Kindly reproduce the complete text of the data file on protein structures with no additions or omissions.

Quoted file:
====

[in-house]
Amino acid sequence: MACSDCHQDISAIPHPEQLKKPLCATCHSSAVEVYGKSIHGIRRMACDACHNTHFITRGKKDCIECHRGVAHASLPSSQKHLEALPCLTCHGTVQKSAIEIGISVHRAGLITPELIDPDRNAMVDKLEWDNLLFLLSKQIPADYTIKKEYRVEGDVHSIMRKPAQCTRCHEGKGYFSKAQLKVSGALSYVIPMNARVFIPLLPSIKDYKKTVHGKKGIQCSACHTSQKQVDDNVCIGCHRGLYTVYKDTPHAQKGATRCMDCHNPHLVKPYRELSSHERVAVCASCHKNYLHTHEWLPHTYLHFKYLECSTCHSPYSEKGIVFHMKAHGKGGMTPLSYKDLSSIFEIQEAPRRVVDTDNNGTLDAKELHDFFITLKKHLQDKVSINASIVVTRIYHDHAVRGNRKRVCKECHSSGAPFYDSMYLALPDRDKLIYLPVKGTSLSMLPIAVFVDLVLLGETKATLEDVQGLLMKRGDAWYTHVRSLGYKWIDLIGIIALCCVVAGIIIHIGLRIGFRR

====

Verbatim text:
[in-house]
Amino acid sequence: MACSDCHQDISAIPHPEQLKKPLCATCHSSAVEVYGKSIHGIRRMACDACHNTHFITRGKKDCIECHRGVAHASLPSSQKHLEALPCLTCHGTVQKSAIEIGISVHRAGLITPELIDPDRNAMVDKLEWDNLLFLLSKQIPADYTIKKEYRVEGDVHSIMRKPAQCTRCHEGKGYFSKAQLKVSGALSYVIPMNARVFIPLLPSIKDYKKTVHGKKGIQCSACHTSQKQVDDNVCIGCHRGLYTVYKDTPHAQKGATRCMDCHNPHLVKPYRELSSHERVAVCASCHKNYLHTHEWLPHTYLHFKYLECSTCHSPYSEKGIVFHMKAHGKGGMTPLSYKDLSSIFEIQEAPRRVVDTDNNGTLDAKELHDFFITLKKHLQDKVSINASIVVTRIYHDHAVRGNRKRVCKECHSSGAPFYDSMYLALPDRDKLIYLPVKGTSLSMLPIAVFVDLVLLGETKATLEDVQGLLMKRGDAWYTHVRSLGYKWIDLIGIIALCCVVAGIIIHIGLRIGFRR